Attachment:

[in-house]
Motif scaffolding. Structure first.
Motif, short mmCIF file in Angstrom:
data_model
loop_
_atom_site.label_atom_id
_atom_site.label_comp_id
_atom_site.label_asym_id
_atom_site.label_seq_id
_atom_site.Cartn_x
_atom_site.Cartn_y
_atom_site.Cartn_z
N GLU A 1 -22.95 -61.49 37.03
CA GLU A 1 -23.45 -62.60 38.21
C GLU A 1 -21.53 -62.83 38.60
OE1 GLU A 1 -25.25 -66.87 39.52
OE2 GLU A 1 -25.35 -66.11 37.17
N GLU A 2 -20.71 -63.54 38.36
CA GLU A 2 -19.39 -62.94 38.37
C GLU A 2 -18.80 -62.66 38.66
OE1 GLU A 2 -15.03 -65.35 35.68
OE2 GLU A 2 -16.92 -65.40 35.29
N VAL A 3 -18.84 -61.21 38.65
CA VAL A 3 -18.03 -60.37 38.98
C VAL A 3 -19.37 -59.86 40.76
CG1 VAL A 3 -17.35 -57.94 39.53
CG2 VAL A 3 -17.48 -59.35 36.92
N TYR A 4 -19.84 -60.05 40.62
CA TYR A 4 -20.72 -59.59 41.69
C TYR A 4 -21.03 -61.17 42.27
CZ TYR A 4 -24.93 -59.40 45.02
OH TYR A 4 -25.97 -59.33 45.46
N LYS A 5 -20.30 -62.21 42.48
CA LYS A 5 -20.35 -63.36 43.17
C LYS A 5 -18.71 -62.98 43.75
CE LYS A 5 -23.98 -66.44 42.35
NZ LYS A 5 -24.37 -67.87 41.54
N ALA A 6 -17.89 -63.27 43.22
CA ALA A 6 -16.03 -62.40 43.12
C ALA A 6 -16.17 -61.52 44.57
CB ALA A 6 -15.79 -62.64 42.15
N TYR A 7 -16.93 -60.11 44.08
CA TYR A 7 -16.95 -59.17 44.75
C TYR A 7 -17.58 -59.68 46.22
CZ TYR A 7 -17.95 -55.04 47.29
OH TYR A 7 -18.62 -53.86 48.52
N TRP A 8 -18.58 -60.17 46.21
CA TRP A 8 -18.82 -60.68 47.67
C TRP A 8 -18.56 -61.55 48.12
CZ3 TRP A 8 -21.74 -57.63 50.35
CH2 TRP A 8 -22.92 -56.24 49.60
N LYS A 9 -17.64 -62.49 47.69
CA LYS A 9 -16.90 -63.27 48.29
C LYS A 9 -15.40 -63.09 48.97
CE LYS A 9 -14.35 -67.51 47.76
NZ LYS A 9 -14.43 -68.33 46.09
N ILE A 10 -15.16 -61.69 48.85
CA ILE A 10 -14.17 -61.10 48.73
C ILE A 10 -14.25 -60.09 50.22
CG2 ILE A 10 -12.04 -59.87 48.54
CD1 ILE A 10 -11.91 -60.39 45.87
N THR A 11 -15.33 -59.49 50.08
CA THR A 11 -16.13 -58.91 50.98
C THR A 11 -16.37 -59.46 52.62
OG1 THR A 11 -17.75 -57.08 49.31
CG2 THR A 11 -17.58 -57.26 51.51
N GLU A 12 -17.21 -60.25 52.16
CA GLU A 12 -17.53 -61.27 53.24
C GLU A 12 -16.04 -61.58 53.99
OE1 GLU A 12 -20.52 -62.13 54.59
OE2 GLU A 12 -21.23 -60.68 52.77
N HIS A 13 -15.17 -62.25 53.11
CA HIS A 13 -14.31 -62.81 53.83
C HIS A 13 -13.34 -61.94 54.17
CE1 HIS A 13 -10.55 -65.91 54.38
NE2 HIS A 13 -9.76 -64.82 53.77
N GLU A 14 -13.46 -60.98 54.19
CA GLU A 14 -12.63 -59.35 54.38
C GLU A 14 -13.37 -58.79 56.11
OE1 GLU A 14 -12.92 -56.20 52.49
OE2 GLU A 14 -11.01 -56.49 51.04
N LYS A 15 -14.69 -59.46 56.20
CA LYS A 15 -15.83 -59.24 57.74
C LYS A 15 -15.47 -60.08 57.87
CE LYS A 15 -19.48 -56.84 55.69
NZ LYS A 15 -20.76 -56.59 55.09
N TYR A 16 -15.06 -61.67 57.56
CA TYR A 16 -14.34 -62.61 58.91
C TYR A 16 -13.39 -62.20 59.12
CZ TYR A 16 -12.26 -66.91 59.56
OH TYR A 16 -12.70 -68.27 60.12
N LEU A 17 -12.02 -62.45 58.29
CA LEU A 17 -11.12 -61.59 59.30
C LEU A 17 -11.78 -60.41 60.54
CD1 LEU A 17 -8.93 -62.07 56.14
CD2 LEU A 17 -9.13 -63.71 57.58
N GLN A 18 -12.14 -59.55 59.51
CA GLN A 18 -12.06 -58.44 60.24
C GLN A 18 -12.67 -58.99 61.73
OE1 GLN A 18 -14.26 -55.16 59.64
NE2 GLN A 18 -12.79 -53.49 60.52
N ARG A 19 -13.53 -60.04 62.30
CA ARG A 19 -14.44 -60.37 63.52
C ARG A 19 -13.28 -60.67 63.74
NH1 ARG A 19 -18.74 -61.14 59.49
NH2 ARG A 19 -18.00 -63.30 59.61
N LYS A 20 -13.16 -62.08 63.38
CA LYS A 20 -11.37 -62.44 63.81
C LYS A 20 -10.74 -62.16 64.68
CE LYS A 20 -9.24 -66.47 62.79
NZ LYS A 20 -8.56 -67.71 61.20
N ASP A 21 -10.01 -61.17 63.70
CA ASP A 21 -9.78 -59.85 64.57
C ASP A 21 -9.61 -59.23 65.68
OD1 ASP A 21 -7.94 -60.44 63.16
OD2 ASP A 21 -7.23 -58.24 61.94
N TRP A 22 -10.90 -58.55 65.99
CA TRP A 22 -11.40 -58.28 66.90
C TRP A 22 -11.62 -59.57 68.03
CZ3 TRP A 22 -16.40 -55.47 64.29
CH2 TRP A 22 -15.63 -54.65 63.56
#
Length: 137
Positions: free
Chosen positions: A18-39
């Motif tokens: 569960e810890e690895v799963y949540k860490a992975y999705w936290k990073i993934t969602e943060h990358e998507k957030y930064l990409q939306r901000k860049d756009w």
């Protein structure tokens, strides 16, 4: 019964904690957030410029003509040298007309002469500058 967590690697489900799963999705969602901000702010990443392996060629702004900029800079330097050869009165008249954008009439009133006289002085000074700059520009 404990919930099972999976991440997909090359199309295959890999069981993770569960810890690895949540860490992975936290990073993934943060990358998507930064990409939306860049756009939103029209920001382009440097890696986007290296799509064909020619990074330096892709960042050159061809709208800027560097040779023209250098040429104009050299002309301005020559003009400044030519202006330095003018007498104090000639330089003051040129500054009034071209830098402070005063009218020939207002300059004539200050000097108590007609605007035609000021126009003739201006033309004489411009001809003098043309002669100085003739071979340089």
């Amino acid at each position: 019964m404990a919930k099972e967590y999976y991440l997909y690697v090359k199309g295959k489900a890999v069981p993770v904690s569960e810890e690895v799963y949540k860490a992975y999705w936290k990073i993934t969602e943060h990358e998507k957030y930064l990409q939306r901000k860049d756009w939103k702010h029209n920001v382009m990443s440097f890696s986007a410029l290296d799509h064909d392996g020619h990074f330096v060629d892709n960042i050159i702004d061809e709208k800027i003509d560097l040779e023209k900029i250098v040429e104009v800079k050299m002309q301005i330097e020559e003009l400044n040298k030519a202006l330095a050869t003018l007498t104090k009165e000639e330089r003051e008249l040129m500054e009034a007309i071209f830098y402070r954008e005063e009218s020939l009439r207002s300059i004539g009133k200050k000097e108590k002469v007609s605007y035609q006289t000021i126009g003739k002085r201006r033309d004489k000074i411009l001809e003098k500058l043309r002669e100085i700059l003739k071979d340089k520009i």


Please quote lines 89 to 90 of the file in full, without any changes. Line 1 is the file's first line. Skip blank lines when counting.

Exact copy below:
C TYR A 16 -13.39 -62.20 59.12
CZ TYR A 16 -12.26 -66.91 59.56